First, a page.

Good luck, Andrew, in your future endeavors, and don’t be a stranger.  And thanks for taking a chance on a blogger with a wafer-thin resume and a lot of passion for transit.

Farewell, Old Friend

car-backWarning: This is likely to be the most car-loving post ever on STB.

Saturday, I say goodbye to what was once my favorite possession: a 1999 Mustang Convertible. It will not be replaced.

The clock started ticking when we moved to Columbia City, where bus service is already pretty good, from cul-de-sac hell. With Link about to arrive, bringing 20 hours a day of frequent service, it was clear that there was little or no reason to maintain a second car. Even before the train, having both cars out of the garage is exceedingly rare, although that’s partly because I’m a transit zealot.

Although the memories I’ve had with this car will be cherished, I’m not going to miss the $100+ a month in insurance and other costs (with no car payment, assuming no driving, and neglecting depreciation), as well as the space it took up in the garage.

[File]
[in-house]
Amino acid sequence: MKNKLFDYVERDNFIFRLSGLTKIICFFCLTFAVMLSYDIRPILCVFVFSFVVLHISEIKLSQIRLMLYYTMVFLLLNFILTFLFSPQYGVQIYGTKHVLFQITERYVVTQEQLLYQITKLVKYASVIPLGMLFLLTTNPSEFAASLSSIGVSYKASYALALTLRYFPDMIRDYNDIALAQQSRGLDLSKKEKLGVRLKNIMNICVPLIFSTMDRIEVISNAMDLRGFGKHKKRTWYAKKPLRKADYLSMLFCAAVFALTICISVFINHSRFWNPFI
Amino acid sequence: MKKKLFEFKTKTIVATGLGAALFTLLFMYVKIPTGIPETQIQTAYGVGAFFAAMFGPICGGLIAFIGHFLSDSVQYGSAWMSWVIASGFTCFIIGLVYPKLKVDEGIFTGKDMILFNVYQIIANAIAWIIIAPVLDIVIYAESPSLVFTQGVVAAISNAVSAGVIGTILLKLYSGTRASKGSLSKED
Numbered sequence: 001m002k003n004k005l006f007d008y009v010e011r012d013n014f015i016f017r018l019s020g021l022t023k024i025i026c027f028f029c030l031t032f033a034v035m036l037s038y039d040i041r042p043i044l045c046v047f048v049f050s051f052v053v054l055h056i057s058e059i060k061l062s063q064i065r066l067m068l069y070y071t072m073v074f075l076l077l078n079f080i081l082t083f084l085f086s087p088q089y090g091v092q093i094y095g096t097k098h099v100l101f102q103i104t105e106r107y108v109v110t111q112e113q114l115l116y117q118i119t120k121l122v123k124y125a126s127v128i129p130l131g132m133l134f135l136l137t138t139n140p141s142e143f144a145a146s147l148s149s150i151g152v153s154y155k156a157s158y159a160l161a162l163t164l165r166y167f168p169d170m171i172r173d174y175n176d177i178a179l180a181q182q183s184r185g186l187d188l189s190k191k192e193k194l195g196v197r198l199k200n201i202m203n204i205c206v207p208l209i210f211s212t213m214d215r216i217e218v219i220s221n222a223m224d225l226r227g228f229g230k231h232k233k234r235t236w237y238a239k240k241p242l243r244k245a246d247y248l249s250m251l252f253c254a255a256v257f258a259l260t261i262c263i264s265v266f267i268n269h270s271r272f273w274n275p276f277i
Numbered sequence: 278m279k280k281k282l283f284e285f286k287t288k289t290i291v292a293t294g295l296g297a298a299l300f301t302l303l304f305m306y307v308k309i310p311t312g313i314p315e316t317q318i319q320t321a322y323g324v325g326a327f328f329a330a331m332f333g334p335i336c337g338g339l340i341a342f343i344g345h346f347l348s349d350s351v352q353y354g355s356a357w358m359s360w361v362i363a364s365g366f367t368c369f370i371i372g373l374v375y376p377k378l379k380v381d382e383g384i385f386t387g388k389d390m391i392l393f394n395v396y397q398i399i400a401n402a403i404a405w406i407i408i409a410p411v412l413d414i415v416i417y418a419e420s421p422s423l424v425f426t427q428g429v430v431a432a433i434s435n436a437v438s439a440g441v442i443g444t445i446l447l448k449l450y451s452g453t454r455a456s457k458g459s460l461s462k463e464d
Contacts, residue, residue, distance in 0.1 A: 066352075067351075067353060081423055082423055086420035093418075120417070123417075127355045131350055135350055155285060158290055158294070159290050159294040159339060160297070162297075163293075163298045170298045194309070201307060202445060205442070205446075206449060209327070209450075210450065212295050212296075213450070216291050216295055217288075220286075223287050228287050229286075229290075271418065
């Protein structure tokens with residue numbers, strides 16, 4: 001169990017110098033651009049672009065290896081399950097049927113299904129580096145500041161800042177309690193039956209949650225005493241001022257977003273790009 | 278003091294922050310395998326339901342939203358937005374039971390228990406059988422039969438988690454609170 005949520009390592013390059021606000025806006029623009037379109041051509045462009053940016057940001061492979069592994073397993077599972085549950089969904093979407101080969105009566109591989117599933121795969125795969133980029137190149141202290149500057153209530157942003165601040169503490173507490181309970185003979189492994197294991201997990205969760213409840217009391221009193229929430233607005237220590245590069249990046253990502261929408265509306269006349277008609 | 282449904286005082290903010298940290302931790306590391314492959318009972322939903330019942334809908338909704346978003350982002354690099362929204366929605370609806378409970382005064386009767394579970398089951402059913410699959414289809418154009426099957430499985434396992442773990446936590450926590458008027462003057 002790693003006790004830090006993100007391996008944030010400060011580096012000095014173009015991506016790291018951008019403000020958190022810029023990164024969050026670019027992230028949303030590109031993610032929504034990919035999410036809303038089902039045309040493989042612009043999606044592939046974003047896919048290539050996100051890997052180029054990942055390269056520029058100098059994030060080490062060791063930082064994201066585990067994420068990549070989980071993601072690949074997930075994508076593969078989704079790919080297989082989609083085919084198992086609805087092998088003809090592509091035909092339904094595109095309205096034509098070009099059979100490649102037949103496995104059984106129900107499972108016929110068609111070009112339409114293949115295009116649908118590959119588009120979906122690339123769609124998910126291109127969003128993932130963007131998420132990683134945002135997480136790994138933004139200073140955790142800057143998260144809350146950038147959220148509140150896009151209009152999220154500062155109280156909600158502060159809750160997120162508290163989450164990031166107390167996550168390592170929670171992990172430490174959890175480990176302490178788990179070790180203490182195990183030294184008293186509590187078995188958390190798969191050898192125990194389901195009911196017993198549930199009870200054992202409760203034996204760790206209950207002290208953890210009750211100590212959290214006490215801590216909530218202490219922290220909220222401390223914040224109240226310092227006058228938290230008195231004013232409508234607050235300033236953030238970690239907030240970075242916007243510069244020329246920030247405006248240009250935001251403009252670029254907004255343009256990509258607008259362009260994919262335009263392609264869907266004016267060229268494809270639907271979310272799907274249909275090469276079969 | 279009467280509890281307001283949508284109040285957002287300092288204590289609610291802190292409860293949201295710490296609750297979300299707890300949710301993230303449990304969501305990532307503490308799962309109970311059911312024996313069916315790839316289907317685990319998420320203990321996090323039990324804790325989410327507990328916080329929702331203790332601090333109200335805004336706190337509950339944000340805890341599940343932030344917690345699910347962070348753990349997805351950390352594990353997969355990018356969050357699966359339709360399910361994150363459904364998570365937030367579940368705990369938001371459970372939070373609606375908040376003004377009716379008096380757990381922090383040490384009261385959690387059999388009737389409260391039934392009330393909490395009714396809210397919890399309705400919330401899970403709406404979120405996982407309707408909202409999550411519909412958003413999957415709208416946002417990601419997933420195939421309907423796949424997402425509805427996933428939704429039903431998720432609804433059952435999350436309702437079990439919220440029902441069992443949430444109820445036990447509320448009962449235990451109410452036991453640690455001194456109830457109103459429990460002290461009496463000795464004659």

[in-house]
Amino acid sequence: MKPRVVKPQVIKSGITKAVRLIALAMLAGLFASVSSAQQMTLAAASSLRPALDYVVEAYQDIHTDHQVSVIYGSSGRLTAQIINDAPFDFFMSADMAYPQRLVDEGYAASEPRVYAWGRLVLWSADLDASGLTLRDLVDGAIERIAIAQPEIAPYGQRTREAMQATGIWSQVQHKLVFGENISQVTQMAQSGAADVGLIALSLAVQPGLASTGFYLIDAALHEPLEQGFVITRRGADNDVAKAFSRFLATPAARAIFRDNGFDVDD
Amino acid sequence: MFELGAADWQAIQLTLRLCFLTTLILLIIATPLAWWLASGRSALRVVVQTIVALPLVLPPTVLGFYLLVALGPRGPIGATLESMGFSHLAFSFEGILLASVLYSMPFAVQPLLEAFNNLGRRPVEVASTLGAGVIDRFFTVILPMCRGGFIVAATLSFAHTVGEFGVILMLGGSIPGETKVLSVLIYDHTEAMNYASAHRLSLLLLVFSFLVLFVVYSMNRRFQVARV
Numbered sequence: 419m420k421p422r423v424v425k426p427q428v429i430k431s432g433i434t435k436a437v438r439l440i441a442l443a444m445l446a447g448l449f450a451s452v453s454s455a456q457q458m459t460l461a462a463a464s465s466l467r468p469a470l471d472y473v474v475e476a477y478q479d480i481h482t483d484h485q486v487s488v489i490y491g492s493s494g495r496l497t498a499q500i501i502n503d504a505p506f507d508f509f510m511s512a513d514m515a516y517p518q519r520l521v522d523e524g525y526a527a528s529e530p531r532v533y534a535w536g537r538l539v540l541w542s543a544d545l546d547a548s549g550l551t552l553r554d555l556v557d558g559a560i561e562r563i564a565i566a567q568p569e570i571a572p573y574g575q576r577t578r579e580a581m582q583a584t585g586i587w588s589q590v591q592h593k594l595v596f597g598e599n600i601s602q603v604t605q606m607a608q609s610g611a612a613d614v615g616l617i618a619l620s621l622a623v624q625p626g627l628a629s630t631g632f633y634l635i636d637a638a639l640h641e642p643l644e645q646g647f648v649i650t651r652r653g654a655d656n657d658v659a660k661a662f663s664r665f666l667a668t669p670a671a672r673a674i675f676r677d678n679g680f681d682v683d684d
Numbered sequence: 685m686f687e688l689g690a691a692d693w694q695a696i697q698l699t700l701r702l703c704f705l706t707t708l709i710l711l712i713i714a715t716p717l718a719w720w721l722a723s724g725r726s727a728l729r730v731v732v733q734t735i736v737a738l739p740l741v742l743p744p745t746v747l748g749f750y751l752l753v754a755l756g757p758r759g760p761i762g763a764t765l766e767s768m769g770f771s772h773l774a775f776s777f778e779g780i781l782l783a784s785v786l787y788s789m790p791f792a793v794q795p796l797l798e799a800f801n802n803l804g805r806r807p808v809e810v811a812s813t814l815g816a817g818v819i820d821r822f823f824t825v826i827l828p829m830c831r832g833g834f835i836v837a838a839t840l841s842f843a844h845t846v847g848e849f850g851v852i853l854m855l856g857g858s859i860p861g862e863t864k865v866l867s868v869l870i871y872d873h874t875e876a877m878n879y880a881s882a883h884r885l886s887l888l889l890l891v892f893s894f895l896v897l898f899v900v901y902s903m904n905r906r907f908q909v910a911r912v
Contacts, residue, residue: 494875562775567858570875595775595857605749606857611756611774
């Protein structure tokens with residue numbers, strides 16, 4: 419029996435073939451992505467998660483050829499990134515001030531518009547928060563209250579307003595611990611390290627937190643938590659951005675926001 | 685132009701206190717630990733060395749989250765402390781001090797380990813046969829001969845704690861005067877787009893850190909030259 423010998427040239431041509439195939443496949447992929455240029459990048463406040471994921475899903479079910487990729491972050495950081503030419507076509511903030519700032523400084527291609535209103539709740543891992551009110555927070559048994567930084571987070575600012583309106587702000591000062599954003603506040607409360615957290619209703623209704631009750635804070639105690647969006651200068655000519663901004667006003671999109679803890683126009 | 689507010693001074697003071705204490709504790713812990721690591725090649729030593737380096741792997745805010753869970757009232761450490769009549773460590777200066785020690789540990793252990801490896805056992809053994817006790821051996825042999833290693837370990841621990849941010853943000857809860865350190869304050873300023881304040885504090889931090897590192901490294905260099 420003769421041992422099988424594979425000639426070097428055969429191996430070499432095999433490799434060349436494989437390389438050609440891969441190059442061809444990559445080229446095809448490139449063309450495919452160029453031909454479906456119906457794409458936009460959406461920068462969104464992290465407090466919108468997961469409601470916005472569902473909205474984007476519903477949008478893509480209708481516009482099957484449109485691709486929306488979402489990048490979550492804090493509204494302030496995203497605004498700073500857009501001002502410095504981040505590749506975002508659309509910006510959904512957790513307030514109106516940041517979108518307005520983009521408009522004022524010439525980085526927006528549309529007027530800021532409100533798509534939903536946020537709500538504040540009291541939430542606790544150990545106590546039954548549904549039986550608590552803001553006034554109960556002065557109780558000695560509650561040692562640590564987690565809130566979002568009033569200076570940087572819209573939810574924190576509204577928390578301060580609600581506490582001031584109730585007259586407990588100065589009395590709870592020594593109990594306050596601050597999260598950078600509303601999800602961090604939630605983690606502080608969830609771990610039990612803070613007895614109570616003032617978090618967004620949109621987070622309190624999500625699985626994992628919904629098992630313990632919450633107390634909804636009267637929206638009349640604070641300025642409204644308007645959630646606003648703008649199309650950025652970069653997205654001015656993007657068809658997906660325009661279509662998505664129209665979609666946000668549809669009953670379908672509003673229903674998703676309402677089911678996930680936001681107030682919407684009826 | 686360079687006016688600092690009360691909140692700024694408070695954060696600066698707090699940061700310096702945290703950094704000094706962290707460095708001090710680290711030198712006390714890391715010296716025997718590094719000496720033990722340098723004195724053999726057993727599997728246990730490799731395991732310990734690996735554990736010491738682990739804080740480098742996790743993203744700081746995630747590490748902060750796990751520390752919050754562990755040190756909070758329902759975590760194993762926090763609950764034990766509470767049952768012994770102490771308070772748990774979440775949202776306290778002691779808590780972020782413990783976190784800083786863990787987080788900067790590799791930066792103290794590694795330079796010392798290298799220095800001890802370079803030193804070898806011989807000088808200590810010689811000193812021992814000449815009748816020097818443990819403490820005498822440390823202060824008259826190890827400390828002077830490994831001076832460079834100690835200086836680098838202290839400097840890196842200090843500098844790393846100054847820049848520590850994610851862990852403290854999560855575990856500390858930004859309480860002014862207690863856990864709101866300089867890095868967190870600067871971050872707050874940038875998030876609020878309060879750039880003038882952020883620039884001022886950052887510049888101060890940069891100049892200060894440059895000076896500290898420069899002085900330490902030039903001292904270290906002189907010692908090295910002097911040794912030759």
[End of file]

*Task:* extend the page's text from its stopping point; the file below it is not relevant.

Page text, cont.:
A lot of the discussion about taking cars off the streets gets bogged down on the point that the Seattle region is far from fully accessible without at least occasional access to an automobile. And that’s true. On the other hand, there is huge potential to improve the options and economic situation of many two (or more) car families given good transit, bike, and walkability options.

Martin’s old car goes up for auction 9 am, Saturday, June 13, at 18226 68th Ave NE in Kenmore.

41 Days

Forward Thrust Plan. Photo by Oran
Forward Thrust Plan. Photo by Oran

Seattle’s last Streetcar was torn up in 1941.  Tipper Pete tells us it was along 8th Ave NW in Ballard, and replaced with diesel and trolley buses.  Somewhat later, the rails were pulled up and the steel used to support the war effort.

It’s been 41 years since the failure of the first Forward Thrust transit measure.

In 2020, the opening of Northgate station is likely to eliminate or truncate Route 41.

In more current news, a Thursday trip on Route 941 swayed so much that some passengers were thrown from their seats.

HSR: Awesome, or Only Kinda Awesome?

This post originally appeared on Orphan Road.

The PSRC (whom you may remember from such landmark PDFs as the BNSF Eastside Commuter Rail Feasibility Study) has a blog as part of their Prosperity Partnership.

The PP wants to know whether high-speed rail makes sense on the West Coast: “What’s so great about High Speed Rail?”

Well, I have my own opinions, but I’m sure you all have your own. So why don’t you head on over there and tell ’em what’s so great about HSR.

Oh– and in case you need a reason to get motivated, these are the guys in charge of managing our region’s share of the stimulus money. So don’t be shy! (and, unlike my own sucky blog, you don’t even have to register to comment.)